Dreher seems to say that even though Nebraska was out of compliance during the dry spell that a financial penalty is all that is necessary now but warns that any future failure to comply would result in large enough penalties to persuade Nebraska it is better to comply than to pay the damages. The State of Nebraska will probably consider this to be a very good recommendation. It minimizes the money paid by the State and moves the burden to the local community in the form of lower allocations. However, Kansas will probably not find this to be acceptable and will probably appeal this to the US Supreme Court. Kansas wants penalties to be in place now not in the future. Kansas wants reductions in groundwater pumping to be forced now not later.
In my opinion, Nebraska would probably accept the arbitrator's ruling as is because it doesn't require Nebraska to do anything now though it threatens problems for the future. Kansas will probably be the State to appeal first which will then permit both States to argue every issue again. So even though most of the findings were in Kansas's favor, the State of Nebraska will probably find the arbitrator's ruling to be acceptable. Note, that it is the State of Nebraska that will probably feel that way. The NRDs may not be as happy with the ruling but the NRDs are not in a position to challenge. That is the responsibility of the State.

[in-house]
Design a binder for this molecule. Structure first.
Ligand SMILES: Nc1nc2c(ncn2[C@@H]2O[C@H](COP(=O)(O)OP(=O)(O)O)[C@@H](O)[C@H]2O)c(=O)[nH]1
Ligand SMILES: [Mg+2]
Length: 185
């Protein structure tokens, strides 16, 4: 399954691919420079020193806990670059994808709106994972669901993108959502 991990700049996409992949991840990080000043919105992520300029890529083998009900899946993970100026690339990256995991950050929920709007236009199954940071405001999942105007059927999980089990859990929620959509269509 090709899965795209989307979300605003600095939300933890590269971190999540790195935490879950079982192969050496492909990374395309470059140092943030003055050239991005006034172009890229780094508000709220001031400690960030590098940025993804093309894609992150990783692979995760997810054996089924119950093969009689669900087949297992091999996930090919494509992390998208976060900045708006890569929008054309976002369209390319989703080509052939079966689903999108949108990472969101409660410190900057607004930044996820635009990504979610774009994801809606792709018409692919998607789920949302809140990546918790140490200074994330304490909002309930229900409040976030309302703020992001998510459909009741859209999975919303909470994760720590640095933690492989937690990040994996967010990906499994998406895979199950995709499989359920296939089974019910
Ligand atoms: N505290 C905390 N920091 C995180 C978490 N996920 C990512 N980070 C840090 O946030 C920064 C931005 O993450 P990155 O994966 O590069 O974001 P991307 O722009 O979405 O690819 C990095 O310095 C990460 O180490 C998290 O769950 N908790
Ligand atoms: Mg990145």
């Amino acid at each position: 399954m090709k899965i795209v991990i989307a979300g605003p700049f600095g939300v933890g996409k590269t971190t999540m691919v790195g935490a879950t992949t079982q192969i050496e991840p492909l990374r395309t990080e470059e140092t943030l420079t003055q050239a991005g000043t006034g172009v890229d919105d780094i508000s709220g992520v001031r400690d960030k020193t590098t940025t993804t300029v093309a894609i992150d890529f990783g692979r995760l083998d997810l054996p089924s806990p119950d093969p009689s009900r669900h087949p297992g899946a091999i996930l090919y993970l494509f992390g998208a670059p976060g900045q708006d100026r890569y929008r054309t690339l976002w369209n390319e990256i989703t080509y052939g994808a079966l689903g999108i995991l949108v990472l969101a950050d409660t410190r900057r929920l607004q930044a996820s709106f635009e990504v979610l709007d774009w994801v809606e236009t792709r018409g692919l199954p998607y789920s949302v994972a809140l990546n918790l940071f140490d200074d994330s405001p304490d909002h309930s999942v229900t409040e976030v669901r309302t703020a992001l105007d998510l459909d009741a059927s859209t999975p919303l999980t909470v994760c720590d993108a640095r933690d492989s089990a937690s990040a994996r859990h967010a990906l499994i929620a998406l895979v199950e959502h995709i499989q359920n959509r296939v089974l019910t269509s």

As the issue appears destined to the US Supreme Court, the risk to ground water allocations remains. There are options available that would permit the allocations to be stable but so far the interested parties have not been able to make any of the alternatives happen.
I think it is critical that the NRDs put in place the augmentation programs so that when it does turn dry again that the stream can be supplemented so that there are alternatives to being extorted by surface irrigators or being forced to ineffectively reduce allocations. Perhaps you can persuade an NRD board member to adopt that approach before someone else makes the decision for them.
I am not aware of any way of getting the flaws that we have found in the Model to be discussed outside of persuading the DNR or the Nebraska Attorney General to make it an issue. So far, both have declined to even acknowledge the problems. The elected officials could put pressure on these parties but the issues appear to be too complex for the political type to spend a lot of time with.